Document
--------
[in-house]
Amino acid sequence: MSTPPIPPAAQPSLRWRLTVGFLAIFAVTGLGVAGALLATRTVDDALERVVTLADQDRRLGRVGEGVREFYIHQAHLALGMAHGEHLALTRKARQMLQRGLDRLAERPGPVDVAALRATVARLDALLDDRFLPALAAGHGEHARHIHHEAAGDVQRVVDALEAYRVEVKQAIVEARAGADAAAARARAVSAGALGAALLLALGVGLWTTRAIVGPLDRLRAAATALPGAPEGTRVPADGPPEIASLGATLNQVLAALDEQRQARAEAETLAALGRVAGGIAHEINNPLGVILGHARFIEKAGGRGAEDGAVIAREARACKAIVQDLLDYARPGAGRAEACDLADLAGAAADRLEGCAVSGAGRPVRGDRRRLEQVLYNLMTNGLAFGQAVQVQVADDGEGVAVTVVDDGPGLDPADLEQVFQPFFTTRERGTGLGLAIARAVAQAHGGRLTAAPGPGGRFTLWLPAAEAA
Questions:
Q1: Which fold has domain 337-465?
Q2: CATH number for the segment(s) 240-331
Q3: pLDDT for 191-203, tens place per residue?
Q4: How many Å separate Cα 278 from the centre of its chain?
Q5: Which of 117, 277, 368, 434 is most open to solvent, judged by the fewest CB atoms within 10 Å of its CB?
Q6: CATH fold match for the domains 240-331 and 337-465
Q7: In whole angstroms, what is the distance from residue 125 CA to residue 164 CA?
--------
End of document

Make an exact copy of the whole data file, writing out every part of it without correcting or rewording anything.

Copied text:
[in-house]
Amino acid sequence: MSTPPIPPAAQPSLRWRLTVGFLAIFAVTGLGVAGALLATRTVDDALERVVTLADQDRRLGRVGEGVREFYIHQAHLALGMAHGEHLALTRKARQMLQRGLDRLAERPGPVDVAALRATVARLDALLDDRFLPALAAGHGEHARHIHHEAAGDVQRVVDALEAYRVEVKQAIVEARAGADAAAARARAVSAGALGAALLLALGVGLWTTRAIVGPLDRLRAAATALPGAPEGTRVPADGPPEIASLGATLNQVLAALDEQRQARAEAETLAALGRVAGGIAHEINNPLGVILGHARFIEKAGGRGAEDGAVIAREARACKAIVQDLLDYARPGAGRAEACDLADLAGAAADRLEGCAVSGAGRPVRGDRRRLEQVLYNLMTNGLAFGQAVQVQVADDGEGVAVTVVDDGPGLDPADLEQVFQPFFTTRERGTGLGLAIARAVAQAHGGRLTAAPGPGGRFTLWLPAAEAA
Questions:
Q1: Which fold has domain 337-465?
Q2: CATH number for the segment(s) 240-331
Q3: pLDDT for 191-203, tens place per residue?
Q4: How many Å separate Cα 278 from the centre of its chain?
Q5: Which of 117, 277, 368, 434 is most open to solvent, judged by the fewest CB atoms within 10 Å of its CB?
Q6: CATH fold match for the domains 240-331 and 337-465
Q7: In whole angstroms, what is the distance from residue 125 CA to residue 164 CA?